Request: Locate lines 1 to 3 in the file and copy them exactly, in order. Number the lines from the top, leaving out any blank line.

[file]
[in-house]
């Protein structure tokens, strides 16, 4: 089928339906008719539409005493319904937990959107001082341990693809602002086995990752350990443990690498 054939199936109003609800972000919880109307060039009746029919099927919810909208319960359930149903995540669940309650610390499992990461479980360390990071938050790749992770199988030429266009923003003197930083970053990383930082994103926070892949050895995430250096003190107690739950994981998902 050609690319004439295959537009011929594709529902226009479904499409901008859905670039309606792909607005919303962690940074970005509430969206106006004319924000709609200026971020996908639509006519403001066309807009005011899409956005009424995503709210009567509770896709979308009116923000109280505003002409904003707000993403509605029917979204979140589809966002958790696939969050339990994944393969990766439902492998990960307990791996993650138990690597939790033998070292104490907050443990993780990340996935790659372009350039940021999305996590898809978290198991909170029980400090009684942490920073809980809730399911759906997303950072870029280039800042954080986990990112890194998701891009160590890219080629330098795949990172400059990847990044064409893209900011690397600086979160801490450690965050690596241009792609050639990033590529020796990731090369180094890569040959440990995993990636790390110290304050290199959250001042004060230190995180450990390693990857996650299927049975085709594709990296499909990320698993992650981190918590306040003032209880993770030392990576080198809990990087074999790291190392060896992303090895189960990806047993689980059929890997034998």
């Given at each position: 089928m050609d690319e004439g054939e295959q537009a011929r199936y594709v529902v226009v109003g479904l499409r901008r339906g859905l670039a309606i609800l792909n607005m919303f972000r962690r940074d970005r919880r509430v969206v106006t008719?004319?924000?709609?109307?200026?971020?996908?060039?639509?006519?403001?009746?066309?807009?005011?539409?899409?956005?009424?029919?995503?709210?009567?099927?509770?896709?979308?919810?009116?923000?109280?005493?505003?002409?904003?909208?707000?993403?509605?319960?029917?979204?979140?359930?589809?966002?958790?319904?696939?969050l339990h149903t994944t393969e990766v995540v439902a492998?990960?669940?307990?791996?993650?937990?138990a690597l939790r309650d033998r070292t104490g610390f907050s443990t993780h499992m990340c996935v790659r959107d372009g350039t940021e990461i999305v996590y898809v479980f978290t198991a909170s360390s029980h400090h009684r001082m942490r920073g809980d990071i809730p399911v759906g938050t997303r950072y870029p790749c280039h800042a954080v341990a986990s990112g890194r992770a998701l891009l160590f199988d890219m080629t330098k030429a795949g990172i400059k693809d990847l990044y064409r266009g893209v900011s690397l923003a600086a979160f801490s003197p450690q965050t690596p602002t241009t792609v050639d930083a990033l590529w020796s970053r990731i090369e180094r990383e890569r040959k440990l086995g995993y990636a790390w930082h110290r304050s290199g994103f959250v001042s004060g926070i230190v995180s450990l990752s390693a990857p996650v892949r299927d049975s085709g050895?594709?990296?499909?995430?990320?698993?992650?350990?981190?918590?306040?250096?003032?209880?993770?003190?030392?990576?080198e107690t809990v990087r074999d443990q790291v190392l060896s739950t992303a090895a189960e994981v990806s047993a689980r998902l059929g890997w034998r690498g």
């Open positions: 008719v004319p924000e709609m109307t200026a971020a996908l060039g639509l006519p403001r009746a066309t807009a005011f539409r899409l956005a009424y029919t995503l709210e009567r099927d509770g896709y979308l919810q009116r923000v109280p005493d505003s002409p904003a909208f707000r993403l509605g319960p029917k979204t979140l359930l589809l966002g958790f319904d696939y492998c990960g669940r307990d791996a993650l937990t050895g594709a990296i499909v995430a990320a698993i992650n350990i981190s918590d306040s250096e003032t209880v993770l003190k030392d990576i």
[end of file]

[in-house]
């Protein structure tokens, strides 16, 4: 089928339906008719539409005493319904937990959107001082341990693809602002086995990752350990443990690498 054939199936109003609800972000919880109307060039009746029919099927919810909208319960359930149903995540669940309650610390499992990461479980360390990071938050790749992770199988030429266009923003003197930083970053990383930082994103926070892949050895995430250096003190107690739950994981998902 050609690319004439295959537009011929594709529902226009479904499409901008859905670039309606792909607005919303962690940074970005509430969206106006004319924000709609200026971020996908639509006519403001066309807009005011899409956005009424995503709210009567509770896709979308009116923000109280505003002409904003707000993403509605029917979204979140589809966002958790696939969050339990994944393969990766439902492998990960307990791996993650138990690597939790033998070292104490907050443990993780990340996935790659372009350039940021999305996590898809978290198991909170029980400090009684942490920073809980809730399911759906997303950072870029280039800042954080986990990112890194998701891009160590890219080629330098795949990172400059990847990044064409893209900011690397600086979160801490450690965050690596241009792609050639990033590529020796990731090369180094890569040959440990995993990636790390110290304050290199959250001042004060230190995180450990390693990857996650299927049975085709594709990296499909990320698993992650981190918590306040003032209880993770030392990576080198809990990087074999790291190392060896992303090895189960990806047993689980059929890997034998």
């Given at each position: 089928m050609d690319e004439g054939e295959q537009a011929r199936y594709v529902v226009v109003g479904l499409r901008r339906g859905l670039a309606i609800l792909n607005m919303f972000r962690r940074d970005r919880r509430v969206v106006t008719?004319?924000?709609?109307?200026?971020?996908?060039?639509?006519?403001?009746?066309?807009?005011?539409?899409?956005?009424?029919?995503?709210?009567?099927?509770?896709?979308?919810?009116?923000?109280?005493?505003?002409?904003?909208?707000?993403?509605?319960?029917?979204?979140?359930?589809?966002?958790?319904?696939?969050l339990h149903t994944t393969e990766v995540v439902a492998?990960?669940?307990?791996?993650?937990?138990a690597l939790r309650d033998r070292t104490g610390f907050s443990t993780h499992m990340c996935v790659r959107d372009g350039t940021e990461i999305v996590y898809v479980f978290t198991a909170s360390s029980h400090h009684r001082m942490r920073g809980d990071i809730p399911v759906g938050t997303r950072y870029p790749c280039h800042a954080v341990a986990s990112g890194r992770a998701l891009l160590f199988d890219m080629t330098k030429a795949g990172i400059k693809d990847l990044y064409r266009g893209v900011s690397l923003a600086a979160f801490s003197p450690q965050t690596p602002t241009t792609v050639d930083a990033l590529w020796s970053r990731i090369e180094r990383e890569r040959k440990l086995g995993y990636a790390w930082h110290r304050s290199g994103f959250v001042s004060g926070i230190v995180s450990l990752s390693a990857p996650v892949r299927d049975s085709g050895?594709?990296?499909?995430?990320?698993?992650?350990?981190?918590?306040?250096?003032?209880?993770?003190?030392?990576?080198e107690t809990v990087r074999d443990q790291v190392l060896s739950t992303a090895a189960e994981v990806s047993a689980r998902l059929g890997w034998r690498g």